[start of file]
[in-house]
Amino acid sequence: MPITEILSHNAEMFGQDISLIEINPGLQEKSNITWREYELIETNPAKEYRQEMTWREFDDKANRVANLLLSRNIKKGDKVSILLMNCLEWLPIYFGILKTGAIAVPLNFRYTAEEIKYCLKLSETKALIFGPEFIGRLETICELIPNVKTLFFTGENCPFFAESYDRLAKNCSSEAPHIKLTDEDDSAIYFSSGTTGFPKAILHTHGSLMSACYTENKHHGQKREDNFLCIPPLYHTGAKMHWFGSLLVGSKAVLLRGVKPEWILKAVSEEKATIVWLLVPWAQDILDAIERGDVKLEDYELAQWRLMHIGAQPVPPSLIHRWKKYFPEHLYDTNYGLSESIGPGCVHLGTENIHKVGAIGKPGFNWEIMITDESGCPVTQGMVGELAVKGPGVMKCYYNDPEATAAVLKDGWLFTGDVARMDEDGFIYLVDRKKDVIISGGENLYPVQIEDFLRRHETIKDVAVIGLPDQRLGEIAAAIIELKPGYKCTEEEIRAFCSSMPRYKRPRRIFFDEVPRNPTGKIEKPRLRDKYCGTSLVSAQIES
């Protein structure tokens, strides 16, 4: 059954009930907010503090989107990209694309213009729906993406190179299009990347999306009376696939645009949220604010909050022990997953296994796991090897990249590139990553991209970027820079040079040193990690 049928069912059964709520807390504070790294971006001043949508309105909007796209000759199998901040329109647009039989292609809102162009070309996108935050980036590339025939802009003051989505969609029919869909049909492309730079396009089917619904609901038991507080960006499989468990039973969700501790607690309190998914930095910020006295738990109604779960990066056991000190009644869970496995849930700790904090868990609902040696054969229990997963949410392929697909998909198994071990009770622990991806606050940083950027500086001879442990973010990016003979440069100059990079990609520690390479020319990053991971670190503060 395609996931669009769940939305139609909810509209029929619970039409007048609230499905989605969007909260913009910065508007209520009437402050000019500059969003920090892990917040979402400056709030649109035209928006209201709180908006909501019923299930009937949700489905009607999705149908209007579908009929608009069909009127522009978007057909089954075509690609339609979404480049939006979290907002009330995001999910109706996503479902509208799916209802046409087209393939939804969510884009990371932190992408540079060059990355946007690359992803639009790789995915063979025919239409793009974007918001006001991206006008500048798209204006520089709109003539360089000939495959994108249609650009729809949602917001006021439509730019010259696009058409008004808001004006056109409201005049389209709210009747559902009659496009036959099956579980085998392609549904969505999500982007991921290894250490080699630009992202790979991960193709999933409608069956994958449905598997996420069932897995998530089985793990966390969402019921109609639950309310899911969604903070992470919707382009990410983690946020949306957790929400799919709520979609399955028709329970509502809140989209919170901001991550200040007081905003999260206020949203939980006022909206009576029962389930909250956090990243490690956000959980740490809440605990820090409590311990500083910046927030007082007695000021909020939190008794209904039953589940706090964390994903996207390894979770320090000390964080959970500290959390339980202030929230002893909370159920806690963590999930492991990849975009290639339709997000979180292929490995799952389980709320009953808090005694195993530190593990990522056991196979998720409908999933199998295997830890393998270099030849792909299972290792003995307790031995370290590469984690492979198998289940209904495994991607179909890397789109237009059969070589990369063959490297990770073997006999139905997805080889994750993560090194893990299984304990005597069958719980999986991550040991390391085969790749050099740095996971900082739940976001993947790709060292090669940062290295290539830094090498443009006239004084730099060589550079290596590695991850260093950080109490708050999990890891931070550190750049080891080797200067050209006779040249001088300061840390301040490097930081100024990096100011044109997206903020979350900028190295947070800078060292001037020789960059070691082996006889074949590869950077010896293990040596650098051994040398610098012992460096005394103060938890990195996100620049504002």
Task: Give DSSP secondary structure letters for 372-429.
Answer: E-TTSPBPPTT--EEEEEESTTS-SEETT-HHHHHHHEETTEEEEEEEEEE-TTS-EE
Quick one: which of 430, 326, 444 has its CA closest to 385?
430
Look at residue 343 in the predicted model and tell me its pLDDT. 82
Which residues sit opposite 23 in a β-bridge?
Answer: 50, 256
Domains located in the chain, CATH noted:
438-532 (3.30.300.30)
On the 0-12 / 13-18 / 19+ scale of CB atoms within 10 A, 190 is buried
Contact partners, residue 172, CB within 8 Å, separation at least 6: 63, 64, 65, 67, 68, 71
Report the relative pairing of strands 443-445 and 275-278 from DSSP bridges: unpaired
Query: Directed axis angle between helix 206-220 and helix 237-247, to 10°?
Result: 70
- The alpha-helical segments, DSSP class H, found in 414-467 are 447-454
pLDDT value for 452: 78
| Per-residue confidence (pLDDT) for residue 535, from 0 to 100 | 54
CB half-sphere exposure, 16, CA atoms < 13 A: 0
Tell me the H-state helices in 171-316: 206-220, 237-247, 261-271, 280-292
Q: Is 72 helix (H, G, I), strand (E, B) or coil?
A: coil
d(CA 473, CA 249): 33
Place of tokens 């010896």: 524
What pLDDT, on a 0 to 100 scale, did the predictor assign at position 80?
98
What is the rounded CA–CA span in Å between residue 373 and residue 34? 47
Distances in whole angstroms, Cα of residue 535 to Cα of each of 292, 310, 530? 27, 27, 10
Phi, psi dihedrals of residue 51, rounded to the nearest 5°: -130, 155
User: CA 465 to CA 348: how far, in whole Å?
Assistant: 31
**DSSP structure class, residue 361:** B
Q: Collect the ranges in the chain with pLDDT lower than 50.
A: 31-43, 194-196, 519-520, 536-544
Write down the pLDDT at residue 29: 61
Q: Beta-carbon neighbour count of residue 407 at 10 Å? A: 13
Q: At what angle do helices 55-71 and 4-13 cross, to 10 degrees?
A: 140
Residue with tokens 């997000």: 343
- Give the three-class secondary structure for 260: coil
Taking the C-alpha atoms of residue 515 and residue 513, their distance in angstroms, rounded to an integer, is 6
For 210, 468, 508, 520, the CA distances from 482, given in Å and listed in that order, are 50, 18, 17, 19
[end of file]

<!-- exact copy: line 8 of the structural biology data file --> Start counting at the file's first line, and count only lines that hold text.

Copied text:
Look at residue 343 in the predicted model and tell me its pLDDT. 82